Auto Glass Knowledge Center

Auto Glass Basics:

Auto Glass

Door glass, back windshield, quarter panels, windshields, and more. What does it all mean? Do I have tempered glass or safety glass? How can I tell if my windshield has extra features?

It has been many years since auto glass was created and it has been one of the best enhancements made to the automobile.  Generally, the glass on the sides and back of your car is tempered. This means that it was specially treated to break into hundreds of tiny pieces on impact, keeping you from being exposed to dangerously sharp edges. It's not to say you cannot still get hurt from broken auto glass, but it is much safer today than it was in the past.

Your windshield is made differently. This piece of auto glass is comprised of two layers of safety glass with a layer of composite material in between. Modern windshields can include several options, including rain sensors for your windshield wipers, heated auto glass for those in cold climates, antennas to support your GPS, and more. The most important part of your windshield remains the laminate in between the layers of glass. Your car is much safer today because of this lamination, which keeps the windshield together and allows repairs to be made when the damage is just a small chip or crack.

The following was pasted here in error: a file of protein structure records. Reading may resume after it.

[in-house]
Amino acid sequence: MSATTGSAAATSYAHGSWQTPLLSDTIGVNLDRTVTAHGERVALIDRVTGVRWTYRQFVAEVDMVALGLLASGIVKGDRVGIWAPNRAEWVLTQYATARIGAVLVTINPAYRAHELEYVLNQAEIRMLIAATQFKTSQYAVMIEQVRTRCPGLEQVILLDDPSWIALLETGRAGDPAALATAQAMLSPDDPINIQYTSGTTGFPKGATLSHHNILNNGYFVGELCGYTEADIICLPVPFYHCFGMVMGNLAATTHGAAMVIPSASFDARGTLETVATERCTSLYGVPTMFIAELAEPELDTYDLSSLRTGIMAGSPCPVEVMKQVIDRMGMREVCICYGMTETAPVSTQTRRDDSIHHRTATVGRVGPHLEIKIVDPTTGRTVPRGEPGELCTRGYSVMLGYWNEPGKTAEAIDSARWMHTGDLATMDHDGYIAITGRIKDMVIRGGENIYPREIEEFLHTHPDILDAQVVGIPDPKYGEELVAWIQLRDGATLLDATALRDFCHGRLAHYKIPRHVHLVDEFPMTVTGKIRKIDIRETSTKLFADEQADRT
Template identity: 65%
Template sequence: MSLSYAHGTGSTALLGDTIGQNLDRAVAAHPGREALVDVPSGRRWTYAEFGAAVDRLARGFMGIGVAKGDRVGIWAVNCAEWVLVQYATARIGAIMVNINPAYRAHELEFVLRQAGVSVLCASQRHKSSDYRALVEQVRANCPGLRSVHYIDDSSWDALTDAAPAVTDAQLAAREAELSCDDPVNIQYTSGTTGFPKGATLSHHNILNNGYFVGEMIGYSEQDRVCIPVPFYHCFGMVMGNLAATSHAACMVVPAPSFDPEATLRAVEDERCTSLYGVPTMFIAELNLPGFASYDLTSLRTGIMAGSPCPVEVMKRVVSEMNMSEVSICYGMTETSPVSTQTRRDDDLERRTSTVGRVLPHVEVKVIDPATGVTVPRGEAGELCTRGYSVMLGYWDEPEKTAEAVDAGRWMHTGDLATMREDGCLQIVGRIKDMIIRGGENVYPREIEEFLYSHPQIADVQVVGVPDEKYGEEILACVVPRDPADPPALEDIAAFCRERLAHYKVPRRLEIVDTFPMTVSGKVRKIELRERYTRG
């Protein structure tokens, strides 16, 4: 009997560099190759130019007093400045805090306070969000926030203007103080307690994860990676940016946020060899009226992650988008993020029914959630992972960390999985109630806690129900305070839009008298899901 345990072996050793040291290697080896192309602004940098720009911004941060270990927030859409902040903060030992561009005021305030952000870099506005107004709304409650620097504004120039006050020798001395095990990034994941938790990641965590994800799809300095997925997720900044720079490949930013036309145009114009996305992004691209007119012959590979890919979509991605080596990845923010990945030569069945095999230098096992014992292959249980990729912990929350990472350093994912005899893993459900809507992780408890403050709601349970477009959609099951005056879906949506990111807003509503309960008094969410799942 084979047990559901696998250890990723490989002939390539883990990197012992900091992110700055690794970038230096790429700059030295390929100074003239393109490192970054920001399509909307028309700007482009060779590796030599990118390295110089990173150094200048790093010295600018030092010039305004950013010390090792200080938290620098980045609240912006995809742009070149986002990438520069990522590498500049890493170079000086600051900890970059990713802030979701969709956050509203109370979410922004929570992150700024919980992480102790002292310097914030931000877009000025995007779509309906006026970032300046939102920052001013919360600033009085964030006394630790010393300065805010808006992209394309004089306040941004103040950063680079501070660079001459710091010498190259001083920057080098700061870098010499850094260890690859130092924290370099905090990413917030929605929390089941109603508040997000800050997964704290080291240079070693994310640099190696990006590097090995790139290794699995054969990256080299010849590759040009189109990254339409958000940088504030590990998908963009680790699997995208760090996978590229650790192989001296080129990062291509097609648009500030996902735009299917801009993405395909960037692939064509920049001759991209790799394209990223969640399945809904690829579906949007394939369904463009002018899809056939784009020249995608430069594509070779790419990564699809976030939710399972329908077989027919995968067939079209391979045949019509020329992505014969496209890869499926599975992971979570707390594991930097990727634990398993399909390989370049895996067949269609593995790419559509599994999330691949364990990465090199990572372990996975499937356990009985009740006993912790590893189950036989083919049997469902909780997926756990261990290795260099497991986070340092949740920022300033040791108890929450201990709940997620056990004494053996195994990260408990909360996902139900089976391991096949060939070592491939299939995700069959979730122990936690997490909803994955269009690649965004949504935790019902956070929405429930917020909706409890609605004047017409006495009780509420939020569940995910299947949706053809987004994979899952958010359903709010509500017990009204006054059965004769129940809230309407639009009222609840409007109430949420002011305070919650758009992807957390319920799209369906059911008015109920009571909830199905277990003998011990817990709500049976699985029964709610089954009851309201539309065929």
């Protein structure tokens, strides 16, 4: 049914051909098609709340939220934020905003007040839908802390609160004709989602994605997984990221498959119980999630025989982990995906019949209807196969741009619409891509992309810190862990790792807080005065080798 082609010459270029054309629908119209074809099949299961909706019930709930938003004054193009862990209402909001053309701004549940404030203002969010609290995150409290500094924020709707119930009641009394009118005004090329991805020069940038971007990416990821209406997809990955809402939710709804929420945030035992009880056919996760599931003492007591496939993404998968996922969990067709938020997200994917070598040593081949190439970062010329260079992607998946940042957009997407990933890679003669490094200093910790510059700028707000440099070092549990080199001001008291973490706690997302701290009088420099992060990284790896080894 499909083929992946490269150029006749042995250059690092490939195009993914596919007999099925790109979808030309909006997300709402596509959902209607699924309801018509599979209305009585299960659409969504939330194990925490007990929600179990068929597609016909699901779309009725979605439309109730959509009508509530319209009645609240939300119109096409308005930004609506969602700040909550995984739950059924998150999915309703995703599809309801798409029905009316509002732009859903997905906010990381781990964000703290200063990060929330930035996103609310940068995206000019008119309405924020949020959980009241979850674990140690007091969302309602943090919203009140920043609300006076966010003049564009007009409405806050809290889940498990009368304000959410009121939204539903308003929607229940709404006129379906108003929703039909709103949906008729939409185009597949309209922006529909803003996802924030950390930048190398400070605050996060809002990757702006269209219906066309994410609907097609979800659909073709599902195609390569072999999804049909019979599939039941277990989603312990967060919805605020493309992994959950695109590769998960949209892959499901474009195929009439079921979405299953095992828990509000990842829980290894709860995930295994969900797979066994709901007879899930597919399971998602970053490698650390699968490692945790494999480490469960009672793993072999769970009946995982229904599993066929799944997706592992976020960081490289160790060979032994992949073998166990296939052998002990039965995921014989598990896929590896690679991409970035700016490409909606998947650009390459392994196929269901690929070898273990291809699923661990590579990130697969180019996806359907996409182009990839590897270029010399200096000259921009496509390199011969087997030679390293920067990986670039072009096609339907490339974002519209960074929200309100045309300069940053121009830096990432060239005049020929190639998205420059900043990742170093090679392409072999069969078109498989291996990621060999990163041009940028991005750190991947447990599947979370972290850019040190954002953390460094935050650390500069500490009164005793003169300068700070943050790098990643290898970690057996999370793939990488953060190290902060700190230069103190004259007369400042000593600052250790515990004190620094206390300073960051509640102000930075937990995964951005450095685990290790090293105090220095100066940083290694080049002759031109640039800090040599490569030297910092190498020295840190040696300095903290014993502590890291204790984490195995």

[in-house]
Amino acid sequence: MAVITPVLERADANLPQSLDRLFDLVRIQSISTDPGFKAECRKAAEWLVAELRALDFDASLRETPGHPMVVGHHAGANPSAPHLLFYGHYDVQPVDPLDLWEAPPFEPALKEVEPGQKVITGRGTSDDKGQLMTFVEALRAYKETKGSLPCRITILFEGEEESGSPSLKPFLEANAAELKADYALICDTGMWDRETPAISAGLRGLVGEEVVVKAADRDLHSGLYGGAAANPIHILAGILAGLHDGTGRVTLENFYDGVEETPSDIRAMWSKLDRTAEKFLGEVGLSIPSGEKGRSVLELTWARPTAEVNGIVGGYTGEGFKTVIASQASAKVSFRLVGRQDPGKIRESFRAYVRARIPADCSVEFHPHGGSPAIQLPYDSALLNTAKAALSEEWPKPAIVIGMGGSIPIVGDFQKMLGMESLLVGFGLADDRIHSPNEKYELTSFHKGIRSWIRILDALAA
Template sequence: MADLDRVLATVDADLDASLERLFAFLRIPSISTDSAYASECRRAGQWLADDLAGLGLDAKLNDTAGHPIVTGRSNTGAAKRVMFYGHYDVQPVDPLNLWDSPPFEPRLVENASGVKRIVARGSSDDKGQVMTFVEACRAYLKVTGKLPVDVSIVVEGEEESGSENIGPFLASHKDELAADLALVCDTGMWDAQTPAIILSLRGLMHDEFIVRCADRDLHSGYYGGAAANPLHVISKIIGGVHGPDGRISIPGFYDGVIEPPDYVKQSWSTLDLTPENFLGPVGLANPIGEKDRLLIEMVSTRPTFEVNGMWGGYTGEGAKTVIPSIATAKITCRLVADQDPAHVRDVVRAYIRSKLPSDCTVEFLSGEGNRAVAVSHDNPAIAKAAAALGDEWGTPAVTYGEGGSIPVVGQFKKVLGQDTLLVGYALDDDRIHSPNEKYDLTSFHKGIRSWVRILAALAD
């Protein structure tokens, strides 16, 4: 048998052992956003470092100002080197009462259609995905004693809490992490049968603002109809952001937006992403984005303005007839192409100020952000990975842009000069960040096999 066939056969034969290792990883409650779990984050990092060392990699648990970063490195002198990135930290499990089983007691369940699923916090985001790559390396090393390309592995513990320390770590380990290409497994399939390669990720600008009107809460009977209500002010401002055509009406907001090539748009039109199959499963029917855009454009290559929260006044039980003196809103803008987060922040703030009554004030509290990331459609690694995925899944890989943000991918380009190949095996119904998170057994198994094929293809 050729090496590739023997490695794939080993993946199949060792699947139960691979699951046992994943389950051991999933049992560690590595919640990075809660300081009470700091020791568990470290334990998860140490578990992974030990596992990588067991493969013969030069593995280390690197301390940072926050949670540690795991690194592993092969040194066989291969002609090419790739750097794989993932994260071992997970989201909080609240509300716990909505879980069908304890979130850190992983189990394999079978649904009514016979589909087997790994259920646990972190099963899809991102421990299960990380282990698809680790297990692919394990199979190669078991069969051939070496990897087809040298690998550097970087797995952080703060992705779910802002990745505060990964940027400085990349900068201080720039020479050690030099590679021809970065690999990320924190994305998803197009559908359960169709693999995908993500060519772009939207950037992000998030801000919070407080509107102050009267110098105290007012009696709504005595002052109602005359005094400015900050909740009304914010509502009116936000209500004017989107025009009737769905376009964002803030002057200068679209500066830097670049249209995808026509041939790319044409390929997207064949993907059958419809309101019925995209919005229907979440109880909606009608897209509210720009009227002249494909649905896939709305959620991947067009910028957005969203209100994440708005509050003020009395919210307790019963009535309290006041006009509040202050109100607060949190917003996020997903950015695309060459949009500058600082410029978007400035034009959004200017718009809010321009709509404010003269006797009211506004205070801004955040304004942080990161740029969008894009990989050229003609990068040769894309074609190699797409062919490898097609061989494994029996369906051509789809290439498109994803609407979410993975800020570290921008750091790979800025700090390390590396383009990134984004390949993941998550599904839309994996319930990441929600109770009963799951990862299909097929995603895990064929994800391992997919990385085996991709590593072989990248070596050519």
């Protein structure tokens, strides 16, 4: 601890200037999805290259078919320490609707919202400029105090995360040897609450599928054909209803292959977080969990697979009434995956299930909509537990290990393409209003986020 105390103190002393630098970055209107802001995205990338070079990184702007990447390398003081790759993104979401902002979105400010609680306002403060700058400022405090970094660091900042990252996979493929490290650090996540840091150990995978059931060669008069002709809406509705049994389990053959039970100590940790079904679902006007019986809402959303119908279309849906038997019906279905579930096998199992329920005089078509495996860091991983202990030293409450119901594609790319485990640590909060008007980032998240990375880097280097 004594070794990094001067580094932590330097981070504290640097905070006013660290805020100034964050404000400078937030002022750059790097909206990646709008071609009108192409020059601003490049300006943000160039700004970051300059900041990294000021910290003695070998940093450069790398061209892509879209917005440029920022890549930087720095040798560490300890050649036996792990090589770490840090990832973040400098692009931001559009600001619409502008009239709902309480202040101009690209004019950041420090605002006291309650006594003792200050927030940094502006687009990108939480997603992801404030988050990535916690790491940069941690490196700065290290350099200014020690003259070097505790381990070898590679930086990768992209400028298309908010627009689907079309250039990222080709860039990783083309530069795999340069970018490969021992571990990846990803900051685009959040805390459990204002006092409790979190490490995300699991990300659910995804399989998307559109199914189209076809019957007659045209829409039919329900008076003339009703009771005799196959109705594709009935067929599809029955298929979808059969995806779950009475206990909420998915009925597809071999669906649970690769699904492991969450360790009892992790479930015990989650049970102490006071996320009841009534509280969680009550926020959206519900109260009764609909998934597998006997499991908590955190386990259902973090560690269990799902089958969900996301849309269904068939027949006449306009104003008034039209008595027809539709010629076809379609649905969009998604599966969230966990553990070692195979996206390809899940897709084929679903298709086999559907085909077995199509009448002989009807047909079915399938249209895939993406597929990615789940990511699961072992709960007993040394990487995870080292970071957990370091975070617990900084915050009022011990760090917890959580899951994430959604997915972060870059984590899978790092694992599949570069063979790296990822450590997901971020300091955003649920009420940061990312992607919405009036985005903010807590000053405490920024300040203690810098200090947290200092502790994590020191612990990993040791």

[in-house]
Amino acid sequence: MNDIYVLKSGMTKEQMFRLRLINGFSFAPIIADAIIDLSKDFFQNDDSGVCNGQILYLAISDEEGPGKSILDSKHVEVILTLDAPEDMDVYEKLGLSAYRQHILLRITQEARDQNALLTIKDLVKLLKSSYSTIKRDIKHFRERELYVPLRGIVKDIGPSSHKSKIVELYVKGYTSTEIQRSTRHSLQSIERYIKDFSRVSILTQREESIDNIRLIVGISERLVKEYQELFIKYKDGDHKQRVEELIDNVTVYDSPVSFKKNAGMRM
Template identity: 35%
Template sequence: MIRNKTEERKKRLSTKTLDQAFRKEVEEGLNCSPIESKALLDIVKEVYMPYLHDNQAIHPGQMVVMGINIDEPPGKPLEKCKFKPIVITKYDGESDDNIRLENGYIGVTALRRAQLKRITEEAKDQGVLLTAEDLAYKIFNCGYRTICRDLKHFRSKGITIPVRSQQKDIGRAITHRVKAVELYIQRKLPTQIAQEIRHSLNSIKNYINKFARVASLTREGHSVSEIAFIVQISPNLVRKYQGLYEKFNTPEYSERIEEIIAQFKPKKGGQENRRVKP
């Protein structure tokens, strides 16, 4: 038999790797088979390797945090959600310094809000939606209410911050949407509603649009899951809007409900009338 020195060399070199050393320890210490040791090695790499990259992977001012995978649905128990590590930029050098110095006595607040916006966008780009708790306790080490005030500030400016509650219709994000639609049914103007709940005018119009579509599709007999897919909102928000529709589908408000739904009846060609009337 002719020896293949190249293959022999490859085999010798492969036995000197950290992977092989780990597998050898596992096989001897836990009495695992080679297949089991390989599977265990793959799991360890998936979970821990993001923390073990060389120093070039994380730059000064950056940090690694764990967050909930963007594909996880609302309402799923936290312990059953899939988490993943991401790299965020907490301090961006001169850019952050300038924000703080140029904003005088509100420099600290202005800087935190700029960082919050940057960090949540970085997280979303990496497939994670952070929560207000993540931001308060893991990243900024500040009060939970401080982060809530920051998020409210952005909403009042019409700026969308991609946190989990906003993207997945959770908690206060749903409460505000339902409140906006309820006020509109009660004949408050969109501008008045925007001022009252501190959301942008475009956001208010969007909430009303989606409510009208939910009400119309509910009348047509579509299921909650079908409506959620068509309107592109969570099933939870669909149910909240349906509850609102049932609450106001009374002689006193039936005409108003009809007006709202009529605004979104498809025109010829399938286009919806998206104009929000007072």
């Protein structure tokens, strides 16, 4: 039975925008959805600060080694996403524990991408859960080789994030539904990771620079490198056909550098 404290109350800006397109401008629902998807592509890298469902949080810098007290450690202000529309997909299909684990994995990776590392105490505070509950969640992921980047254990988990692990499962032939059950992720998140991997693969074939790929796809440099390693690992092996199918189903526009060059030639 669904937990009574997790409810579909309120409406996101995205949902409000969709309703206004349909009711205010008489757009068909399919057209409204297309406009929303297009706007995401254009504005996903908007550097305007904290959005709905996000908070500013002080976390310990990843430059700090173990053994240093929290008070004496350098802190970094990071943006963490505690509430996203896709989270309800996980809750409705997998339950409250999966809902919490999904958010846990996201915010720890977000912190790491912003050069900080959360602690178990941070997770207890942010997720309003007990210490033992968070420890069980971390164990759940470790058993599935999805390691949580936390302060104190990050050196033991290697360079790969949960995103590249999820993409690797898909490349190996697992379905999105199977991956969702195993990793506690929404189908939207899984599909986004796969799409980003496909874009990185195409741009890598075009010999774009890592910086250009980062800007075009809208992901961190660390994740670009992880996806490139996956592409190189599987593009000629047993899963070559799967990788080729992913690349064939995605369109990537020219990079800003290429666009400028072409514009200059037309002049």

Auto Glass Terms

A-Pillar: Roof support member adjacent to the windshield.

Adhesion: The clinging or sticking together of two surfaces, especially dissimilar substances like glass and metal.  The state in which two surfaces are held together by forces that interface.

Adhesive: Any substance, inorganic or organic, natural or synthetic, that is capable of bonding other substances together by surface attachment; the bonding agent used to adhere replacement auto glass to your vehicle.

AGRSS: The Automotive Glass Replacement Safety Standards (AGRSS™ ) Council Inc. (AGRSS™ ) is a not-for-profit organization dedicated to the safe replacement of auto glass. AGRSS™ was founded and is supported by companies in the auto glass replacement industry whose primary goal is safe installation.